In peri-urban Gurgaon, a rapidly expanding satellite of Delhi, water security and land rights issues interact. For many farmers, wastewater has become the only reliable source of water as they have lost their tube wells in the process of land acquisition for urban expansion and infrastructure. On top of this, many farmers’ land is located in depressions called jheel, which are prone to flooding. When this happened in 2010 and 2015, farmers lost their paddy crop and were unable to sow the next crop of wheat. The most vulnerable are tenants and sharecroppers who make an advance payment for using the land; in contrast to landowners, tenants receive no compensation when the land floods.
Traditionally, Kathmandu valley in Nepal was home to an intricate water supply system that dates back as far as 500 AD. Water from the surrounding hills was transported through open canals, irrigating the agricultural fields and recharging ponds at the edges of the cities. These recharging ponds in turn provided water to the cities by an intricate underground canal system and access points at stone ponds or ‘spouts’ called hitis. However, this system has largely disappeared as the area has urbanized. Many of the cities’ hitis have either dried up or become literally buried under the pillars of modern development.
Our early fieldwork in peri-urban Kathmandu Valley has yielded some surprises. After the recent earthquakes water has started flowing again in some locations where there previously was very little. This is probably caused by changes to the underground structure and flows, or unblocking of channels, as a result of land movements. Overall, however, the earthquake has brought new challenges to improving water security in the Kathmandu Valley during reconstruction, alongside urbanisation and climate change.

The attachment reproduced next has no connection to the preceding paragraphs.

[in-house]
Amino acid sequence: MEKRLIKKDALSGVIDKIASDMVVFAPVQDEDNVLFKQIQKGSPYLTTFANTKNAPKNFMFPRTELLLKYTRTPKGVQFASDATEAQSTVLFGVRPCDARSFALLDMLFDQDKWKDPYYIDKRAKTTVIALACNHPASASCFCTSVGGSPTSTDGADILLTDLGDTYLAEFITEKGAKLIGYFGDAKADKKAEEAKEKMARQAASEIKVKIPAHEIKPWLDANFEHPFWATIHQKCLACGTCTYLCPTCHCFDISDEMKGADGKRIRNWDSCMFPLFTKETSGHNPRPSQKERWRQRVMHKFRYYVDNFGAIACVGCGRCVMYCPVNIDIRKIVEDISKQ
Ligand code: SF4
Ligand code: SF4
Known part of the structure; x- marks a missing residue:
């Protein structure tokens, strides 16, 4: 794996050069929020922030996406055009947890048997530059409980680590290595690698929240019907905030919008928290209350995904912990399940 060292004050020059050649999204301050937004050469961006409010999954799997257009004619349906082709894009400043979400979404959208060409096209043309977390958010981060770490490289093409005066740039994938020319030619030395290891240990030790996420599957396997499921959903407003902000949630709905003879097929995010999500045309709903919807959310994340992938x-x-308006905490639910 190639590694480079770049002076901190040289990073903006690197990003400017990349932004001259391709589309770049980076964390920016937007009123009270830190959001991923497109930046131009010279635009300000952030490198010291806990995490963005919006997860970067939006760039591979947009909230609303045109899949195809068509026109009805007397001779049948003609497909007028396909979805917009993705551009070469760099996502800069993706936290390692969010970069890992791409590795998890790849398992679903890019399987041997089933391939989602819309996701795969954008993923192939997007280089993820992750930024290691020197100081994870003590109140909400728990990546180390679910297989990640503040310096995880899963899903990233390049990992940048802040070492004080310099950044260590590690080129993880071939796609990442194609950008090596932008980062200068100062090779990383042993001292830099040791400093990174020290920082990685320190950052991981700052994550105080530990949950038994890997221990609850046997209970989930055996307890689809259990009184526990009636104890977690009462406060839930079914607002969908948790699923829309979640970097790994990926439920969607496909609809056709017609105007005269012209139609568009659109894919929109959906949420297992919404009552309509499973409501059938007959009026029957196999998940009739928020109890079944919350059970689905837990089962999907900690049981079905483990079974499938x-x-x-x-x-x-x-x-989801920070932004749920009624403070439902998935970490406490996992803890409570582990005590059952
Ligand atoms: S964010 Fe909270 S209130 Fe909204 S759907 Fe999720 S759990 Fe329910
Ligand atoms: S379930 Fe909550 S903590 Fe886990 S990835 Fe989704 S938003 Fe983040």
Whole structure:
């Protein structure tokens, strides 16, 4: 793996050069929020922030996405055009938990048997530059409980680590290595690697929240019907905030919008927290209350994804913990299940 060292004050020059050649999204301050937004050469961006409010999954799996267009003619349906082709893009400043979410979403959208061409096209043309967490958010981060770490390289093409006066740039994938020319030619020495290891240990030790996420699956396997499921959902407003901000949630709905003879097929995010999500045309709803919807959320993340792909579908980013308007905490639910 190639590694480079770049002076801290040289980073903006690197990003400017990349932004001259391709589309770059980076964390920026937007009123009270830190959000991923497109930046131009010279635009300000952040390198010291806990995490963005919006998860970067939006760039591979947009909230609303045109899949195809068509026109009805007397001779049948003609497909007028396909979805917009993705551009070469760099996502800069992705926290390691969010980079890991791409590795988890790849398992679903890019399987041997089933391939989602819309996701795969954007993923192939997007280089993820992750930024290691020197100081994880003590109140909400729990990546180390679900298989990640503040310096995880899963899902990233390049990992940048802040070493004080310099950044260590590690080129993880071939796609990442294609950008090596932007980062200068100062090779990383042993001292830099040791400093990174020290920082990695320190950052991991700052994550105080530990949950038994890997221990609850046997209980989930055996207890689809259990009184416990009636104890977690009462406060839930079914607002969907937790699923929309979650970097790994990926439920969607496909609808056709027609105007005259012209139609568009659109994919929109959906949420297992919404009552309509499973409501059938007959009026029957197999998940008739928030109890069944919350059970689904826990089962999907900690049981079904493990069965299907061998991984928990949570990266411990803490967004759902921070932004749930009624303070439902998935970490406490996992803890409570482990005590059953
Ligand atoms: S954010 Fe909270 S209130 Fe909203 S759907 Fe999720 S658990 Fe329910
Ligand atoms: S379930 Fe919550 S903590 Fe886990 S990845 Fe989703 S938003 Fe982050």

Left unchecked, ongoing urbanisation and a changing and increasingly erratic climate will continue to cause problems for peri-urban communities. Over the coming years, through our research on water security challenges, water conflicts and the policies that shape them in these South Asian cities, we aim to contribute to finding solutions to these problems and ultimately make peri-urban communities more water secure. We expect that a better understanding of water-related peri-urban conflicts caused by urbanisation and climate change will provide new perspectives on conflict resolution, the development of new institutional arrangements and forms of cooperation, and equitable and sustainable solutions to water problems.
For more information on the project ‘Climate Policy, Conflicts and Cooperation in Peri-Urban South Asia: Towards Resilient and Water Secure Communities’, see also http://saciwaters.org/cocoon/
Image: water development, India, courtesy Asian Development Bank.
Occasionally, CDKN invites guest bloggers from around the world to share their views on climate compatible development. The views presented here do not necessarily represent those of CDKN or its Alliance partners.